This way no one would read your map and call you out on ‘person fort.’

    It probably wouldn’t cost anything, either. You know how many foreign fantasy fans would just die to help translate? Especially if you’re a published author.

    Reply
    1. Archibald van Winkle

      Speaking of your American comment, Ronan, I think a quick read of the Constitution would be a doozy. Talk about delusional fantasy!

      Reply
  3. Mr Elbows

    “civilization ends at a city wall” and how, pray tell, are the people inside these walls still alive with no farmland to generate produce, Mr Salvatore? does the food just poof into existence via a Level 5 Ring of Splendor? do traders and merchants visit via magic portals?

    Reply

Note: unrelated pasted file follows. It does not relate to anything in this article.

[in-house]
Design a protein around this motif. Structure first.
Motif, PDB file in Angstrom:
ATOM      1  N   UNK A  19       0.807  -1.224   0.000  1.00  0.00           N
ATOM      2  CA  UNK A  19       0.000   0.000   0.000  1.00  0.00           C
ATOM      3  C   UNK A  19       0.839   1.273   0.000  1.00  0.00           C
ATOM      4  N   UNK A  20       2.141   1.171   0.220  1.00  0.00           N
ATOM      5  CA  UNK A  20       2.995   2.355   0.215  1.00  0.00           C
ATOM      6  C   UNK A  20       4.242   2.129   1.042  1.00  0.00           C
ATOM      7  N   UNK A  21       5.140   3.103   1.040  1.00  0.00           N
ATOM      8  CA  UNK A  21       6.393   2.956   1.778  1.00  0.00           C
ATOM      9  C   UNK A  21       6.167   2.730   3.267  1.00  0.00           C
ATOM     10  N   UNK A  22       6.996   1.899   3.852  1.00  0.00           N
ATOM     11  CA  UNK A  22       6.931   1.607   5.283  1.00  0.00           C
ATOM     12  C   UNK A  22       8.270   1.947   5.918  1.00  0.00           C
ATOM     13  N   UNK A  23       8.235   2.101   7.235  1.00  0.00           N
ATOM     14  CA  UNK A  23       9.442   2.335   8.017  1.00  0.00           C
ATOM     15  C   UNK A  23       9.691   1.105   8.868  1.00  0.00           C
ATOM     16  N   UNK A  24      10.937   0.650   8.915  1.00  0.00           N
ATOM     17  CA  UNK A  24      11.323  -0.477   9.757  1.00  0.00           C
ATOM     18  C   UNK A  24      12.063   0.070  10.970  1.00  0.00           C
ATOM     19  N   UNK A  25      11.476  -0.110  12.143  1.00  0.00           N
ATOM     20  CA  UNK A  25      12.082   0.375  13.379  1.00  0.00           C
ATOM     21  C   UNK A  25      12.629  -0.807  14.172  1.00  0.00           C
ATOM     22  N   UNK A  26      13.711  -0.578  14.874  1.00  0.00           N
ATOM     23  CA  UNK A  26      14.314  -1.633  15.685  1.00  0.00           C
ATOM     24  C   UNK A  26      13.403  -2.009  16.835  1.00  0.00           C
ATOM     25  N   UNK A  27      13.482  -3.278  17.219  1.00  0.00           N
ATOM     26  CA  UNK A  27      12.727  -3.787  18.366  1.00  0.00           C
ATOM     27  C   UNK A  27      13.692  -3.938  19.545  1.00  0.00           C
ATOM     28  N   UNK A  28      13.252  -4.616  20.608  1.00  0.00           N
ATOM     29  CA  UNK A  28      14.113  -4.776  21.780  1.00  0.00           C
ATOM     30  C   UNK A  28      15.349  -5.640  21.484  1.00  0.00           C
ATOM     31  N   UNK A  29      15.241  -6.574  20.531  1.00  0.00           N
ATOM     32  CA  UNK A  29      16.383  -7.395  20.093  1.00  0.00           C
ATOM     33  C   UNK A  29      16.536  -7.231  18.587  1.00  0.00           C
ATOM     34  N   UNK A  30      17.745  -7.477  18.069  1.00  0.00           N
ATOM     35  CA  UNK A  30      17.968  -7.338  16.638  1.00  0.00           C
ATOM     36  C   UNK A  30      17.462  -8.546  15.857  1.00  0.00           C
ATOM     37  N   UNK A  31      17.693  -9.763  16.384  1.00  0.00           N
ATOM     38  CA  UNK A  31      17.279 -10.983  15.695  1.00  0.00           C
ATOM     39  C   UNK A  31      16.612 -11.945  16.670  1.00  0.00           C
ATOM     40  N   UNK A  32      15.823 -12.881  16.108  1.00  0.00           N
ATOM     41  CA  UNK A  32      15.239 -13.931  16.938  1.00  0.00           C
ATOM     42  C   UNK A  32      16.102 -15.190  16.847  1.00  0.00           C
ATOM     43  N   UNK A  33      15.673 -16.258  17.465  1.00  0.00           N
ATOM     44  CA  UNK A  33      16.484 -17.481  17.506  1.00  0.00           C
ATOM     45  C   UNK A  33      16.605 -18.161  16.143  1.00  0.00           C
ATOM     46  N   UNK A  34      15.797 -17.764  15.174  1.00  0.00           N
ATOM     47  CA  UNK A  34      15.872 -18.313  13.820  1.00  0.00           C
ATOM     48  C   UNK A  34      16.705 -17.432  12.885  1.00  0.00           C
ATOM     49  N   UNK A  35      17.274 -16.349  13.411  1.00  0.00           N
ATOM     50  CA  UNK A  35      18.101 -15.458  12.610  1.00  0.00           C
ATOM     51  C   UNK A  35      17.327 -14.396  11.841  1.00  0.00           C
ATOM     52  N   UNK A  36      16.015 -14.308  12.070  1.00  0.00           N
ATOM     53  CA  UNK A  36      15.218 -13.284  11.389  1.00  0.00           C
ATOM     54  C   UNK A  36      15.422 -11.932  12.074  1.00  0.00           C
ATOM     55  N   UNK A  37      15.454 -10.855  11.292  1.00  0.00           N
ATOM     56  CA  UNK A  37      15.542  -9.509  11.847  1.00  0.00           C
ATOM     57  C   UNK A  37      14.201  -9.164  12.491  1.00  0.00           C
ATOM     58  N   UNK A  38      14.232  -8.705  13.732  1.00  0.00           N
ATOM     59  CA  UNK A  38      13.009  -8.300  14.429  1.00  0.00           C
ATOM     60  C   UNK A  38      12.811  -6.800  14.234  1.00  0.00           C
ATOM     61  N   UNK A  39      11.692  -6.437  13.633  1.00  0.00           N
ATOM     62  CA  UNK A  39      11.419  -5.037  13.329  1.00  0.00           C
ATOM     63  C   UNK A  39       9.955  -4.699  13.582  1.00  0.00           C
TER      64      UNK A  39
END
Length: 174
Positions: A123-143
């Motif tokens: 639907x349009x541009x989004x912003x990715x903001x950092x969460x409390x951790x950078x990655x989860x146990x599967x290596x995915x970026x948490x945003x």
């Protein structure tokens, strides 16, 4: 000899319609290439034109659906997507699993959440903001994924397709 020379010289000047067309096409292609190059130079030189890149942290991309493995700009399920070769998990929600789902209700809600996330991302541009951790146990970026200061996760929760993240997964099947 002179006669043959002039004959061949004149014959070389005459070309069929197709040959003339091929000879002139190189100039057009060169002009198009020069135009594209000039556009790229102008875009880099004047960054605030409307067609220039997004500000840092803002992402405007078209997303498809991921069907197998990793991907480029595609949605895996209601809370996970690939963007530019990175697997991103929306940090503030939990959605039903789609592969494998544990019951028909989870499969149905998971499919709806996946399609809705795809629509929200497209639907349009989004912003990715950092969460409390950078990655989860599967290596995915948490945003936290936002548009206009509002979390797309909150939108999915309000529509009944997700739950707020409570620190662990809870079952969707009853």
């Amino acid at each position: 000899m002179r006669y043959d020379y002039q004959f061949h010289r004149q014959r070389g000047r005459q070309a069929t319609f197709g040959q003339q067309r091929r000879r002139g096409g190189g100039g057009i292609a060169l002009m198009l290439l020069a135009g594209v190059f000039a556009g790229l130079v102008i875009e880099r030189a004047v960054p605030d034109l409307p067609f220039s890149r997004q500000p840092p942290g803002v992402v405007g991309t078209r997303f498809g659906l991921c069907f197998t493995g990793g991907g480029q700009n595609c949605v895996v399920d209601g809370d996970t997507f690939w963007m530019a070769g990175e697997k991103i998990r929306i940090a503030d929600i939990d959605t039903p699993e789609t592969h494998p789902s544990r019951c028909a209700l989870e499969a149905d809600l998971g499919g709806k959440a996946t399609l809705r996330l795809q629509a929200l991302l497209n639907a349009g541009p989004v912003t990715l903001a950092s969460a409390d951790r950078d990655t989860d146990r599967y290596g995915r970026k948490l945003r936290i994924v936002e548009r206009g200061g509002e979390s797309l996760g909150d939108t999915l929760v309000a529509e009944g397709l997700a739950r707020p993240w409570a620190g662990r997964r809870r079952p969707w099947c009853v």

1. Hal

      Welcome to Forgotten Realms, where the rules are made up and the points don’t matter. Forgotten Realms is basically the worst and least original D&D setting, known for its plethora of terrible Mary Sue NPCs. You can’t go two steps in Forgotten Realms without tripping over some author’s pet characters.

      Reply
      1. Toastehh

        And I think this is the reason why even ‘grimdark’ takes on D&D/fantasy that people have been discussing usually fall flat. Sure you can say that a band of adventurers roaming around killing bandits, from bandit hideout to bandit-occupied-tomb, is ~~morally grey~~. But it’s such an artificial, unrealistic scenario. It’s so obviously constructed to provide gameplay that it’s barely worth deconstructing, and has next to nothing to say about real human beings.

        Reply
    2. zephyrean

      You wish, but they don’t. If there was a tie-in book where Create Food and Water dispensers provided food assistance for 1-level commoners, aristocrats ate Stone-to-Fleshed Walls of Stone, and weapons were Fabricate-spun out of Walls of Iron, I’d marry said book and have its babies. Forgotten Realms is simply a terrible D&D setting, good only for an only sane (wo)men / Connecticut Yankee run.